The Epiphany I Have After Missing a Dose of Antidepressants
Editor’s note: If you experience suicidal thoughts, the following post could be potentially triggering. You can contact the Crisis Text Line by texting “START” to 741-741.
A beautiful thing happens when I realize I’ve missed a dose of antidepressants: I realize I’m not “crazy.”
I can have some pretty bad days with depression. Days when I wake up and I’m just feeling heavy and can’t get out of bed. Days when the world seems so dark and nothing has even happened yet. Days when death seems like it would be such a relief. During those days, I wonder, “What is going on with me?”
Sometimes I think, “It’s just a bad day.” But it confuses me. I ask myself, “Why is it this bad?” over and over again. Nothing has happened yet to make me feel like this. But when I realize it’s because I forgot to take my medicine, relief washes over me.
My depression has never had a clear explanation. There’s no concrete moment or event I can point to and say, “There. That’s when it started, that’s why it happened.” And it took me a long time to realize that was OK.
But when I can correlate those feelings to something tangible, like a missed dose of medication, it’s so relieving. Doctors have often told me that missing one dose shouldn’t affect you that much because it builds up over time. But for me, missing one dose is hell.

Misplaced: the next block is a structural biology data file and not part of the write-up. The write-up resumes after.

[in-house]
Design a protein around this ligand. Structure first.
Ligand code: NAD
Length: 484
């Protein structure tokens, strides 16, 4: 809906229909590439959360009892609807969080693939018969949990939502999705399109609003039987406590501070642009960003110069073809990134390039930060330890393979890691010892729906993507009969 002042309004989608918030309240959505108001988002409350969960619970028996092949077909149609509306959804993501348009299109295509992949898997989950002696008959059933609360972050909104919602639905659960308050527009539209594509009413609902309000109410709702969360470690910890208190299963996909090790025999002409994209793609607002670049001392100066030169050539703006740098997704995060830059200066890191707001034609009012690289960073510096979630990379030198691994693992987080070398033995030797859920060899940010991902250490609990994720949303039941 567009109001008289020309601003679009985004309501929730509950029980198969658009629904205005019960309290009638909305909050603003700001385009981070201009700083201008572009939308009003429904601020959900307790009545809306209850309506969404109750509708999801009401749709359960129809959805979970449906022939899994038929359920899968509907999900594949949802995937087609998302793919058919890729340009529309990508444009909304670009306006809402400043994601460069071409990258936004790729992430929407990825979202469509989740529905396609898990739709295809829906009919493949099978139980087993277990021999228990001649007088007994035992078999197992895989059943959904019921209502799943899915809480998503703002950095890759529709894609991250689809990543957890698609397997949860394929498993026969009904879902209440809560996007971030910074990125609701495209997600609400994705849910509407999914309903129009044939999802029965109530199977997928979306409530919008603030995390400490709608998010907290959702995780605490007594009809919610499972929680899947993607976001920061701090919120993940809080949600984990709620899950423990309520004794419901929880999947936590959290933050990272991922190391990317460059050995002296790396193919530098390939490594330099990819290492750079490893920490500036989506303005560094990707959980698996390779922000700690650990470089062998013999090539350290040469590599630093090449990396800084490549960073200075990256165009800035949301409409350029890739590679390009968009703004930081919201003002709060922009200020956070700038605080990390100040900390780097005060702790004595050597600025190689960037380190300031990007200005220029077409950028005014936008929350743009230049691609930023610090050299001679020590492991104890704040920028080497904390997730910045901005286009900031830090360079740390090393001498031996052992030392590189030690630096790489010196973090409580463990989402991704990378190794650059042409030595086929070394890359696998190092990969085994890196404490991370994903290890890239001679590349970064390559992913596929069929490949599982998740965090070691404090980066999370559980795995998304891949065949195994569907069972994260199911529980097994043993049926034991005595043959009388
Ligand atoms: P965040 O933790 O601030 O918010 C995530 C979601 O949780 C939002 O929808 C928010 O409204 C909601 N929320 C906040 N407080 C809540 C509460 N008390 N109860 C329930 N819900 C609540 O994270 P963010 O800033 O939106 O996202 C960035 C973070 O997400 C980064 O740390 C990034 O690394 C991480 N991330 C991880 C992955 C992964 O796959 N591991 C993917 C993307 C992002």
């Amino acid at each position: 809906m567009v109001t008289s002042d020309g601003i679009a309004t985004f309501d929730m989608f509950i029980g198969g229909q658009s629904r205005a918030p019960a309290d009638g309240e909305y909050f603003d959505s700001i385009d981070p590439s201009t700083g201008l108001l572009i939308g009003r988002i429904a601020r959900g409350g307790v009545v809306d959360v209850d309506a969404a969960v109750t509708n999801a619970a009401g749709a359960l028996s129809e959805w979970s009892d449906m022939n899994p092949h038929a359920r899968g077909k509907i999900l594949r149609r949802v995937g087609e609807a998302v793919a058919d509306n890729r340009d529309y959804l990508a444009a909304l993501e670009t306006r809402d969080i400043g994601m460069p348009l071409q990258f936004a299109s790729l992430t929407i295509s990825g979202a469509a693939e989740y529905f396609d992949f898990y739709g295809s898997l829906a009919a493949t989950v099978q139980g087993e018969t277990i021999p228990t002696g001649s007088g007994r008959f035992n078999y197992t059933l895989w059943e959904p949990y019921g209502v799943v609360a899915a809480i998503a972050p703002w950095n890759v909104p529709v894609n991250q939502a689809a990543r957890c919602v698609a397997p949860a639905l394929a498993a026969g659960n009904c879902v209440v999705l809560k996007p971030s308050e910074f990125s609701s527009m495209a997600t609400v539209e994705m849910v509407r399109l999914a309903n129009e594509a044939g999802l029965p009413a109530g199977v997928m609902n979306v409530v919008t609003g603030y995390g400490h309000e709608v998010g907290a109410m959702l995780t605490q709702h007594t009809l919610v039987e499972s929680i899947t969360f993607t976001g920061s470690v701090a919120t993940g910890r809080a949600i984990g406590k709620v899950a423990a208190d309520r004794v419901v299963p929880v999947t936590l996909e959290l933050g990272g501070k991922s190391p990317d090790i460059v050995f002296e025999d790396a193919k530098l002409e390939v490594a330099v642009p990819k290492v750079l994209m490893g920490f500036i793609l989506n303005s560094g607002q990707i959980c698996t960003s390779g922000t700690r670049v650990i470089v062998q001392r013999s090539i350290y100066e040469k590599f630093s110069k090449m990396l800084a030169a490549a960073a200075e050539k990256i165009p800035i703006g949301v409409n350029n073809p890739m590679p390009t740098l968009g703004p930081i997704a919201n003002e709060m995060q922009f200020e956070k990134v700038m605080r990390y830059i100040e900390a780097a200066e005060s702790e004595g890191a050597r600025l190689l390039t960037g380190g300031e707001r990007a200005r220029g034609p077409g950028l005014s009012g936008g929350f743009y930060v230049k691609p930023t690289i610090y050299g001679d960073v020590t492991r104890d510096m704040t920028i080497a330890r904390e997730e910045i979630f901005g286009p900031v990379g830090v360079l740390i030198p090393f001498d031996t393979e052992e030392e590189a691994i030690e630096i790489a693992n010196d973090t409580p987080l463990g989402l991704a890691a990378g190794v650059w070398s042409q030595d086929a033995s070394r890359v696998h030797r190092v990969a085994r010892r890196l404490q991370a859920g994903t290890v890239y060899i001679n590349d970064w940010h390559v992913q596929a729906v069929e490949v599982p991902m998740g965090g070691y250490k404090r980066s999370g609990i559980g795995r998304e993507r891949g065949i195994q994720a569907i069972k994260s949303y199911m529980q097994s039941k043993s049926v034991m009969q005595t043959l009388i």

I remember one day a few months ago; I had completely forgotten to take my medicine the night before and I was feeling so terrible the next day. At first, I couldn’t figure out what it was. I was sitting in my dorm with my roommate and we were listening to music and doing homework. And it just hit me.
Once I realized I didn’t take my antidepressant, I had a verbal epiphany, loudly exclaiming, “Oh!” I then closed my eyes and got up to take it. My roommate asked what I was talking about, and I told her, “I’ve been wondering why I’ve felt so awful today and I just realized I forgot to take my medicine last night.”
It just made so much sense. It’s obviously not rocket science, but it is a clear explanation or reason when I feel like I’m drowning and I don’t know why — and it’s so comforting. So yes, I hate missing doses of my medication, but realizing I’ve missed them makes it a bit easier.
If you or someone you know needs help, visit our suicide prevention resources page.
If you need support right now, call the National Suicide Prevention Lifeline at 1-800-273-8255, the Trevor Project at 1-866-488-7386 or text “START” to 741-741. Head here for a list of crisis centers around the world.
We want to hear your story. Become a Mighty contributor here.
Thinkstock photo via liuzishan